We expect to release the next update in February 2017. You can always find out more about the Bibliography at http://www.history.ac.uk/projects/bbih or, if you already have access to the Bibliography, you can sign up for email alerts so as to be notified each time the Bibliography is updated with records on a subject or subjects of your choice.
“Have you seen the Big Push films?” wrote Roland Mountford to his father in August 1916. Mountford was referring to The Battle of the Somme film. We are not certain that his father did see the film as we don’t have the reply, however it is more than likely that he did it as it’s estimated over 20 million viewed it. Reaction to the film was often divided.
“Crowds of Londoners feels no scruple at feasting their eyes on pictures which present the passion and death of British soldiers in the Battle of the Somme … a “film” of war’s hideous tragedy is welcomed. I beg leave respectfully to enter a protest against an entertainment which wounds the hearts and violates the very sanctities of bereavement.” (The Dean of Durham letter to The Times).
“We went on Wednesday night to a private view of the ‘Somme films’ i.e. the pictures taken during the recent fighting. To say that one enjoyed them would be untrue; but I am glad I went. I am glad I have seen the sort of thing our men have to go through, even to the sortie from the trench, and the falling in the barbed wire. There were pictures too of the battlefield after the fight, & of our gallant men lying all crumpled up & helpless. There were pictures of men mortally wounded being carried out of the communication trenches, with the look of agony on their faces.” (Frances Stevenson – David Lloyd George’s secretary).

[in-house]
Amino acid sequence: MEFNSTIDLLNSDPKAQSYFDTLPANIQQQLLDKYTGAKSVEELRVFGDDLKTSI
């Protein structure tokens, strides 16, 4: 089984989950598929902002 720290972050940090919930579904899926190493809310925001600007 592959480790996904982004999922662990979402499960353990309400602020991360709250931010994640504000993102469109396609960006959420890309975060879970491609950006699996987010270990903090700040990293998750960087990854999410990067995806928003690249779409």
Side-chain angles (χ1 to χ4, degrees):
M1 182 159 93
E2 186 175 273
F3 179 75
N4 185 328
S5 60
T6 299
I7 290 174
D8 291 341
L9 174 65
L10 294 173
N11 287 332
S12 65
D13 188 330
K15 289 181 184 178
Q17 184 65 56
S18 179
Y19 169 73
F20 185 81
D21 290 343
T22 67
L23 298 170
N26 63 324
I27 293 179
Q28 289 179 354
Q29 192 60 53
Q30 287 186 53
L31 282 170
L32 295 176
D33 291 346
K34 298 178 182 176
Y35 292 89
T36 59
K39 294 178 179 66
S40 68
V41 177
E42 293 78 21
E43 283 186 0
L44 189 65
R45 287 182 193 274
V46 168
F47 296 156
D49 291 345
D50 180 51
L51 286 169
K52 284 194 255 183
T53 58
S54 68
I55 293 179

To expand the search to Film and all World War I click on the Refine search button…
…and replace “Battles, Somme 1916” with “Wars, World War I” for an overview of references to the war and film which includes cinema going, propaganda, representation of the war, and moral panics. Alternatively, delete the term “Film” and see the results for “Battles, Somme 1916”.
Film and World War I (Click to enlarge)
Battle of the Somme (Click to enlarge)
I’ll leave the final comments to Lt. Cyril Catford and his letter of 25 September 1916 held by the Durham County Record Office.
Surely truth is stranger than fiction!! Last night I had a most excellent sleep in No Mans Land, during a fairly heavy bombardment such as is practically continuous in this the greatest battle of the War!! … There is very little to say about this big show except the Artillery is awful and the flies are worse, whilst conditions of living are worse still. All the same we are exceptionally cheerful. We bear everything I hope like good soldiers proud to have beaten thoroughly the reputed “Invincible German Army”. The men are absolutely wonderful. My Company are in the best of spirit. I think you might send out 1000 Woodbines [cigarettes] for them.
Lt. Catford was to die 10 days later, he was 26 years old.